I like that folks still ask for a birthday or Christmas wish list. It’s a generous, thoughtful gesture and I try to respond to it with all due diligence, however uninspired and stale the catalog might be: SmartWool socks, a mix CD of the giver’s favorite tunes, tawny port, red wine, dark chocolate, and if the giver is up for scavenging thrift stores or thieving from grandma, mid-century Tupperware in those great funky colors and shapes. The truth is, while these are things I never tire of and truly, can’t imagine having too many or too much of, beyond them, I don’t know what to wish for.
Christmas morning, 1977: The Barbie Dream House, the only thing this 11-year-old tomboy had sashayed right over to girly-world and asked Santa for, was not beneath the tree. Later that morning, I was sent on an errand down the steps to fetch my dad’s giant roasting pan from the basement. It was there I discovered that, in the dark of a Christmas Eve, right beneath my bedroom where only hours before I’d dreamt of Barbie’s Dream House, Santa’s magic had assembled nothing less than a championship ping pong table. No bows or ribbons, no name tag, just paddles propped on fresh orange ping pong balls, waiting for me to come find them and ask them to play.
That’s where it started, my reserve about asking for things, or maybe, more to the point, that 1977 Christmas is the foundation of my 2011 certainty that the best gifts aren’t the ones I’ve asked for. What if the profound enormity of the unplanned, the unimagined, the unseen is only waiting to be freed from the bonds of my simple and small-minded ideas? What if, however careful I am about what I wish for, I wish for something and, heaven help me, I get it? What if I don’t know that the thing I ask for isn’t the thing I want? So fine, I do get it: Let go of wishing and asking, embrace the unrevealed. Namaste, kum-ba-yah, and ho ho ho.
Oh, but as the seeming-way of life lessons, there’s even more to learn.
Forty years I’ve been watching and reading, How the Grinch Stole Christmas; I’m guessing more than a hundred reads-and-views all tolled. It, like the Charles Schulz Charlie Brown holiday productions, is a perfect little gem of poetry, art and music, brilliant in every facet and from every angle. I’ve been pretty smug, believing that I’ve fully deconstructed it, wrung out every last drop of symbolism, of allegory, of fun and foreshadowing. For years now, I’ve just settled down to passively float through the familiar pages, to enjoy the comfortable familiarity of the cells, to revisit them like old friends whom I know so well, I don’t think to inquire about what’s new, what’s unknown. That’s right, I don’t think to ask, I don’t expect, that there’s something still waiting for me, something of profound enormity, previously unrevealed.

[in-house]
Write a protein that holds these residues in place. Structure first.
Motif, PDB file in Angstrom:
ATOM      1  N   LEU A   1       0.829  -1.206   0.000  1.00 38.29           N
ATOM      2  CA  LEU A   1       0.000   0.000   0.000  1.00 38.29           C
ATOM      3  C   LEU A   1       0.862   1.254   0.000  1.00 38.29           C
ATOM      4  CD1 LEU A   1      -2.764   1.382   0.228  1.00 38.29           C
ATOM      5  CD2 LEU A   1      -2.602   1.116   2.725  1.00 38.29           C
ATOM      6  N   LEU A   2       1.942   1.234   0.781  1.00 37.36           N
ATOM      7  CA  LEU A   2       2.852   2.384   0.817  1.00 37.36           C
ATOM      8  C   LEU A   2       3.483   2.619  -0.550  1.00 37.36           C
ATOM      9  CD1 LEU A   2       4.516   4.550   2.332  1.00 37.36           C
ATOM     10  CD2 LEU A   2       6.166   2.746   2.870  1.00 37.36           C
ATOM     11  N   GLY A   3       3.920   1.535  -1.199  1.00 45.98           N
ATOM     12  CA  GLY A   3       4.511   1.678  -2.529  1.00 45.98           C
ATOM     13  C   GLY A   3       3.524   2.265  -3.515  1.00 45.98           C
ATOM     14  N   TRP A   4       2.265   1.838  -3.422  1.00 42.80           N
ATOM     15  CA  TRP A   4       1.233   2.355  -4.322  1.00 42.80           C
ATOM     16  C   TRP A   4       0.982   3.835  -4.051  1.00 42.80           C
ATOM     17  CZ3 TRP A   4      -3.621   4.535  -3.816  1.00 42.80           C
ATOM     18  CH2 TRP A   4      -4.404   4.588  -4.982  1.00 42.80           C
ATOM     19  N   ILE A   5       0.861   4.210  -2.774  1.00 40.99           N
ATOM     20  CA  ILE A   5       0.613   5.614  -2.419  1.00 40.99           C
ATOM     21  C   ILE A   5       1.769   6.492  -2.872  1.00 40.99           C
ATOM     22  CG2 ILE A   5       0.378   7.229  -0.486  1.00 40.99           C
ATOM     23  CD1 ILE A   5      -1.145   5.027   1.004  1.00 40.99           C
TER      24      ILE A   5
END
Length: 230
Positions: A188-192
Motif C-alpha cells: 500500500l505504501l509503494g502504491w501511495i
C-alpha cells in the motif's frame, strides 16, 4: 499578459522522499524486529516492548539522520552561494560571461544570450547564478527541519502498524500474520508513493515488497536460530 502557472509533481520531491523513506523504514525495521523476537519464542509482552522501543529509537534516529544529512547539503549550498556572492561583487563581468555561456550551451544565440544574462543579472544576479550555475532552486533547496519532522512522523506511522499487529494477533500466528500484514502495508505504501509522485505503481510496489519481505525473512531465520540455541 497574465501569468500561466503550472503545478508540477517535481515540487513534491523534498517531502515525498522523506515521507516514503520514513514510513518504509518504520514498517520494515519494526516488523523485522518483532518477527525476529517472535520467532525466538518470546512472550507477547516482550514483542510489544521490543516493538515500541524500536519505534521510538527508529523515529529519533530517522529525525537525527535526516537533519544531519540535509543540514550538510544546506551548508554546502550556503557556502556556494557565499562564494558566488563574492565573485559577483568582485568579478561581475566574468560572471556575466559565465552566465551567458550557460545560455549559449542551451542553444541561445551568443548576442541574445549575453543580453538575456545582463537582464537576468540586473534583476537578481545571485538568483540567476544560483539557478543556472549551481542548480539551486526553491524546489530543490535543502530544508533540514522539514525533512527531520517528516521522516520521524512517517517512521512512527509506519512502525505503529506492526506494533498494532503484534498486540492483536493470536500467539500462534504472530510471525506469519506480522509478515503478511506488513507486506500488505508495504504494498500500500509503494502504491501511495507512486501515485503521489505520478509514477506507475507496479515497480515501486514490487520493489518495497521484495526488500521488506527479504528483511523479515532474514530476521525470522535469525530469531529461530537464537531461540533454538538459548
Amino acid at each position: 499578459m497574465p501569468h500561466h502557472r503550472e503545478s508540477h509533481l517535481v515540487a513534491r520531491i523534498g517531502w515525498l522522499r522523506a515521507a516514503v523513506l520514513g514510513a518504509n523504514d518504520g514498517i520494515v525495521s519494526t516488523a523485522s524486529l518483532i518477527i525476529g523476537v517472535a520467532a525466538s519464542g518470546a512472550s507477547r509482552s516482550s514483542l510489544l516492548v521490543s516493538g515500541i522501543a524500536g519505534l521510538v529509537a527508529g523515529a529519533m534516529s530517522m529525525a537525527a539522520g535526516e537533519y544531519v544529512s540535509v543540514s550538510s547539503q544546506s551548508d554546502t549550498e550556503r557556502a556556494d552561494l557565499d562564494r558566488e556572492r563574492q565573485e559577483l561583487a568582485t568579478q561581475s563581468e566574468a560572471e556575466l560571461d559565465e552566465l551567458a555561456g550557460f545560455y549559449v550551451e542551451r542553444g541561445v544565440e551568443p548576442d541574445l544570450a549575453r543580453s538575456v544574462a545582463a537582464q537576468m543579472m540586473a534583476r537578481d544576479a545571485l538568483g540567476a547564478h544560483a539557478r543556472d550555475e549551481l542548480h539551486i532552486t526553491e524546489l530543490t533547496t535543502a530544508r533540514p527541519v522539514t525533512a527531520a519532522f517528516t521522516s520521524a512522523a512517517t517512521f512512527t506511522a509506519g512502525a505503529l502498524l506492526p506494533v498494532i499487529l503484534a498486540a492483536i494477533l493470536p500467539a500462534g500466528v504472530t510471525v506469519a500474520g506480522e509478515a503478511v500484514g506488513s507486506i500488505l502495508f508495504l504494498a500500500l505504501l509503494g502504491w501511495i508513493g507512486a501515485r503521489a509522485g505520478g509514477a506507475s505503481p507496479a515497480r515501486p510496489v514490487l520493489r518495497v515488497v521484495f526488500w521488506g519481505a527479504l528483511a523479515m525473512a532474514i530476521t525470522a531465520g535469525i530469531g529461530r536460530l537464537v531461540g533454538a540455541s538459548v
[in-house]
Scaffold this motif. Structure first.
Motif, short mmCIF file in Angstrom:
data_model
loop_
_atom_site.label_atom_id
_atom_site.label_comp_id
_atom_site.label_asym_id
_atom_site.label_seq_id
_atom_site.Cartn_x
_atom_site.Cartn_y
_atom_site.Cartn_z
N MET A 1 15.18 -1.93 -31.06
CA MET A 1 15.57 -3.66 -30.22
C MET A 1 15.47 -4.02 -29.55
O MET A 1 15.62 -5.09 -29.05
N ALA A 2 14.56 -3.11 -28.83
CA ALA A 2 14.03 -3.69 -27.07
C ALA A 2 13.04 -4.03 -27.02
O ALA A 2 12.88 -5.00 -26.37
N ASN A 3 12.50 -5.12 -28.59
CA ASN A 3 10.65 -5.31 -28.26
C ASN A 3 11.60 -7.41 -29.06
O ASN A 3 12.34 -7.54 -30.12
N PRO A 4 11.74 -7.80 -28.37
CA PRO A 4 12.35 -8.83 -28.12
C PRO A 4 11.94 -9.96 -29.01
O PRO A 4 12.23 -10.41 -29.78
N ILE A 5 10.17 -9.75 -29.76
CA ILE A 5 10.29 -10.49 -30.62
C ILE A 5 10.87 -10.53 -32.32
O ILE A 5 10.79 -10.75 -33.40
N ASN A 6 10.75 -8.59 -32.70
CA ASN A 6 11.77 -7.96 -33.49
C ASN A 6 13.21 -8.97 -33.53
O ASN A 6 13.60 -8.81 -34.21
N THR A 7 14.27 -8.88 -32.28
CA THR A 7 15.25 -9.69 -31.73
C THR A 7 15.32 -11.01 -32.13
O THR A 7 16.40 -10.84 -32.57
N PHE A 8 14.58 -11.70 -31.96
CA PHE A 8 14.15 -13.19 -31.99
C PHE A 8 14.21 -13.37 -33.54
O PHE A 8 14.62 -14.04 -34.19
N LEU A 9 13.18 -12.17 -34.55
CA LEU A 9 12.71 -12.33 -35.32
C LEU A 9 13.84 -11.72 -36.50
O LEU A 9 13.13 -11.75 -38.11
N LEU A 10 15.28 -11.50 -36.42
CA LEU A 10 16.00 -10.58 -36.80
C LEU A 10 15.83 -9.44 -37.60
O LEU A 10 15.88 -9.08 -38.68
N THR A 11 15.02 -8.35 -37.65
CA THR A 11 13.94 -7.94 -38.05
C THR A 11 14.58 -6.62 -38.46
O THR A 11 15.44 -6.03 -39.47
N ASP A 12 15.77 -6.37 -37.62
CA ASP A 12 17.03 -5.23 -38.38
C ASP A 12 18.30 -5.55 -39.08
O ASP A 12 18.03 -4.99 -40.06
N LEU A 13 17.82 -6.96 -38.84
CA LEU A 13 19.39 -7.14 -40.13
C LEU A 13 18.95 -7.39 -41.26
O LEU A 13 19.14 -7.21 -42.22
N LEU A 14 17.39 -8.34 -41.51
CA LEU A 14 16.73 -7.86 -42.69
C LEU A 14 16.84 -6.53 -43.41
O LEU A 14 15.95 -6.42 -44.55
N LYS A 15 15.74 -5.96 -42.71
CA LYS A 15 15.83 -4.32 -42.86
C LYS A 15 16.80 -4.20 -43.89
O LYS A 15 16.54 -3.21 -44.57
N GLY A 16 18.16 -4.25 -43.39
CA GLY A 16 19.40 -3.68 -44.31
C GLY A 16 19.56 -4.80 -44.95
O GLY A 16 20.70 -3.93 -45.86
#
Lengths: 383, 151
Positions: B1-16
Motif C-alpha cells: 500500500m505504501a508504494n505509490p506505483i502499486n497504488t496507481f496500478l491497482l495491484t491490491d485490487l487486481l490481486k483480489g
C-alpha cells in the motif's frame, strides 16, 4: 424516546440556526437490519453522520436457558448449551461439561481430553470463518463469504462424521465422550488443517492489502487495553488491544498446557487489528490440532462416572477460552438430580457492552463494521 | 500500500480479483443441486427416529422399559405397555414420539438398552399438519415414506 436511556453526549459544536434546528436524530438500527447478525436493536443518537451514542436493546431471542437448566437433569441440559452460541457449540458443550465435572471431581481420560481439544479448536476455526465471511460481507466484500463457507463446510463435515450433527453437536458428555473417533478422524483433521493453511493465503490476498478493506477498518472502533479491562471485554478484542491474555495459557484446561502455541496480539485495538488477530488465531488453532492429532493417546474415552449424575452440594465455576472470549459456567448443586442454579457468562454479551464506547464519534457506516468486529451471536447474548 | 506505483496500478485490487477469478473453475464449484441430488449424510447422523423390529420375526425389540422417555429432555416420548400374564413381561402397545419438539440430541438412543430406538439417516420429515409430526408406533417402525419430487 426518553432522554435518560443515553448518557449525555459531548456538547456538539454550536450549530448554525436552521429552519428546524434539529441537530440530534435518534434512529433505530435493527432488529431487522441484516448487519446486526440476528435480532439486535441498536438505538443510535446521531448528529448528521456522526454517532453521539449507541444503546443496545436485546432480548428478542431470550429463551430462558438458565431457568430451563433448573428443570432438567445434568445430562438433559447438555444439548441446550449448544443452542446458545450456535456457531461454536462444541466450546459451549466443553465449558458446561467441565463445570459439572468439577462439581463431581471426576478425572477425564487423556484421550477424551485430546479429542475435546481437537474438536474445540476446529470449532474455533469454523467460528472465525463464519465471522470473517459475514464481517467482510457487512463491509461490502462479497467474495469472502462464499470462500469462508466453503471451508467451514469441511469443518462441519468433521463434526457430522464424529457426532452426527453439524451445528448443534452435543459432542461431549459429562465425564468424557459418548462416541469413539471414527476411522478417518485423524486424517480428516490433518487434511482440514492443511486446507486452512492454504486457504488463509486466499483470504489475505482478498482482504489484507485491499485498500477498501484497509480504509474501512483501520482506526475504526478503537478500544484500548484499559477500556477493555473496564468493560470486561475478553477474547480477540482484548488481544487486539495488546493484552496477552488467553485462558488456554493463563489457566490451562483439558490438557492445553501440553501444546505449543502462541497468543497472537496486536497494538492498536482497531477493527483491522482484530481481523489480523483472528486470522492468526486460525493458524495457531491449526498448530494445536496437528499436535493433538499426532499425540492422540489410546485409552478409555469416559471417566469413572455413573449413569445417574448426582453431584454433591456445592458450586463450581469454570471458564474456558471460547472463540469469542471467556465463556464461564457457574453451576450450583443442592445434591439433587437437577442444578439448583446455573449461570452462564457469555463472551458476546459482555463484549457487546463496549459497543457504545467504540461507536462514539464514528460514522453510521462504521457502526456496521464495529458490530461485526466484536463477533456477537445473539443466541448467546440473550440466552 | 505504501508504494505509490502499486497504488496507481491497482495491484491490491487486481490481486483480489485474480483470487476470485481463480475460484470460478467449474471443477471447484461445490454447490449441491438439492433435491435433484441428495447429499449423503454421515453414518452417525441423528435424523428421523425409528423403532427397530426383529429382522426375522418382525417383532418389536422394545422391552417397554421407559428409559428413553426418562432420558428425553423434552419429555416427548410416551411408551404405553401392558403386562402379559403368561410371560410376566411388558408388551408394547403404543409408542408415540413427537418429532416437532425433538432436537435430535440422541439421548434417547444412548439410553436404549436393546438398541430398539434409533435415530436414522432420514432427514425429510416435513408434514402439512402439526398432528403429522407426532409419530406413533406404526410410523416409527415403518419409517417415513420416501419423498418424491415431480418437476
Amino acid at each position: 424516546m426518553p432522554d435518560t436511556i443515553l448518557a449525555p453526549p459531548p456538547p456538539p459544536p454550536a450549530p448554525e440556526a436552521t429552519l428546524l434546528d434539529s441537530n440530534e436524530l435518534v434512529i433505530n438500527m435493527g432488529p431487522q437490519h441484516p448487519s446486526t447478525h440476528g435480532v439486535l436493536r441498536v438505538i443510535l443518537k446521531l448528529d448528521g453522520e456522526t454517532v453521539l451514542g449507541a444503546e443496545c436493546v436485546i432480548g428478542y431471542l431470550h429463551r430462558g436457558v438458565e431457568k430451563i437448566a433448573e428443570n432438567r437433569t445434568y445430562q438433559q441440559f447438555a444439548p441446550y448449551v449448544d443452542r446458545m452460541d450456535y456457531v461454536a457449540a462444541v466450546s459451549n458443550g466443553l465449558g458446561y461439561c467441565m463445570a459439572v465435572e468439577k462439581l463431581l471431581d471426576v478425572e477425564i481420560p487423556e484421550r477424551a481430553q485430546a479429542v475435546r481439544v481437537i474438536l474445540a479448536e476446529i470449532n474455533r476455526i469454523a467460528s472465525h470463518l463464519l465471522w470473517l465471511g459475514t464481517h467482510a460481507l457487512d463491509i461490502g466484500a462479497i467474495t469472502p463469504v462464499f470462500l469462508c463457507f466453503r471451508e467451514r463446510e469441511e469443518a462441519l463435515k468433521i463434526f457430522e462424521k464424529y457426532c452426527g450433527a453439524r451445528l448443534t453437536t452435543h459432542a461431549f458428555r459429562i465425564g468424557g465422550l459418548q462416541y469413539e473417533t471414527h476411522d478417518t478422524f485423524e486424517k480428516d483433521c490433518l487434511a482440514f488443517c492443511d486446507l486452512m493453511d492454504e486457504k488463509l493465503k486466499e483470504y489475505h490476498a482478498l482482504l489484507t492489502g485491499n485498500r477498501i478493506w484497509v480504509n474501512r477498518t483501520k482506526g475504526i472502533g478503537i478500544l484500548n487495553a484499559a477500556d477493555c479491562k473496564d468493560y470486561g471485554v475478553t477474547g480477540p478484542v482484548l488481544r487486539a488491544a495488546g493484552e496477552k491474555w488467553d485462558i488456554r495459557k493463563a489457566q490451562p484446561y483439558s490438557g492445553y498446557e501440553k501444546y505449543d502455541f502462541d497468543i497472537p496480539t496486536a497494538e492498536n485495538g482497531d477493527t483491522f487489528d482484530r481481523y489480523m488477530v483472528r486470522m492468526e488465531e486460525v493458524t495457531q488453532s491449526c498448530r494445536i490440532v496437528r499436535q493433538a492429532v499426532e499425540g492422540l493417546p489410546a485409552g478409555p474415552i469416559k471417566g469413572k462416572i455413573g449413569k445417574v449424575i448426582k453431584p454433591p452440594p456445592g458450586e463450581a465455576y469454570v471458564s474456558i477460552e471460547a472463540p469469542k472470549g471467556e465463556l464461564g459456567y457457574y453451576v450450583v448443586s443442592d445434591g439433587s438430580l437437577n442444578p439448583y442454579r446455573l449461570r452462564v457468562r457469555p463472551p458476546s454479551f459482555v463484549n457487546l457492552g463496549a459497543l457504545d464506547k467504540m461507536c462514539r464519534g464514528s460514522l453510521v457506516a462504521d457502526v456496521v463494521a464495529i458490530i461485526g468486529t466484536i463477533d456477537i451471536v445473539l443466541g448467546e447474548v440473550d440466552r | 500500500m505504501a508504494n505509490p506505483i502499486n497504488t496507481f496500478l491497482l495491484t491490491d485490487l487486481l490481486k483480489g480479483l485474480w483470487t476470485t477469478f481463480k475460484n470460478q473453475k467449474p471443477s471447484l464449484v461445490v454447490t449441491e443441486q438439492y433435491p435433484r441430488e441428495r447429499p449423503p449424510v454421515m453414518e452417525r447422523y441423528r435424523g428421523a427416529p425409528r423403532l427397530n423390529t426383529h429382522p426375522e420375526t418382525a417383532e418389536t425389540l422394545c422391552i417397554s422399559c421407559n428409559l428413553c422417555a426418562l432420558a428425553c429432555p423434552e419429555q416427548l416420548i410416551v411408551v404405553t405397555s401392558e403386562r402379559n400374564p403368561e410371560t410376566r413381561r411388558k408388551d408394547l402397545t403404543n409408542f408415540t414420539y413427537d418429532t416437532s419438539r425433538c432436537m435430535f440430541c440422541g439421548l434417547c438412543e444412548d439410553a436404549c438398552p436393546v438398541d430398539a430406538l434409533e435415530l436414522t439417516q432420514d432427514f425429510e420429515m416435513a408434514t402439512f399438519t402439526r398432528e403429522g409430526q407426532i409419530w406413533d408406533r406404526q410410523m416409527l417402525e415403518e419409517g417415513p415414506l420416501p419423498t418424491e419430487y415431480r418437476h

“As the Grinch took the tree, as he started to shove, he heard a small sound like the coo of a dove. He turned around fast, and he saw a small Who. Little Cindy Lou Who, who was no more than two.”
By this time in the story, we’ve come to know Mr. Grinch, some in part because of what he’s shown us himself but largely because we see how his dog, Max -- who knows his master so well that he anticipates his decisions and intent just a split second before we grasp them -- tries to navigate whatever misery his master throws his way. The interactions between Grinch and Max constitute the only bit of Grinch-relationshipping we get to see. But Max, behaving a lot like us, is an observer only. He’s not in a position to challenge or effect change. He’s a reluctant accomplice, a yes-man, of sorts.
You know the tale. As the Grinch finishes up the last of his dirty deeds, he meets Cindy Lou Who. Crossing paths with Cindy isn’t necessary to the story’s trajectory. Without this scene, the story still works, more-or-less. That is, the Grinch can still have a change of heart (or not), can still have an epiphany about the essence of Christmas (or not), can still be embraced by a community that’s he’s mistreated (or not).
In Cindy’s character, her sound, “the coo of a dove,” Dr. Seuss plants an inconspicuous seed in our minds, and in the mind of the Grinch. A seed that I hadn’t recognized until last night’s viewing. Seuss could have characterized Cindy’s sound as a squeal, a shriek, a cry, he could have Seusserized it with Seuss language, wompelov or kwidelpuf or other Seussian word, but he didn’t. A writer who avoided expected or obvious language as a matter of principle, sets up the arrangement of lines so that Cindy’s sound, “the coo of a dove,” is the only possible completion for the sentence. We feel it, we know it’s coming, we can’t believe that this master of sense-via-nonsense is going to rhyme an ordinary, “shove” with the even-less-enthralling, “dove.” And yet, there he goes. All these years and I’ve barely noticed these lines, never once thought to ask, “why?”
A lifetime of identifying with Max and it turns out, I’m more like the Grinch. I thought I wanted a Barbie Dream House but what I’ve got, 34 years later, are bragging rights that I’m still the best ping pong player in the house. Mr. Grinch wanted to cancel Christmas but what he got was a coo that sneaked in behind his back, wrapped around his heart, and made him the poster child for what the sound of peace -- unplanned, unimagined, unseen, unwished-for -- makes possible. Mr. Grinch and I wish for stuff, think we want stuff, but in the end, are grateful that our stories give us more than we could ever know to wish for.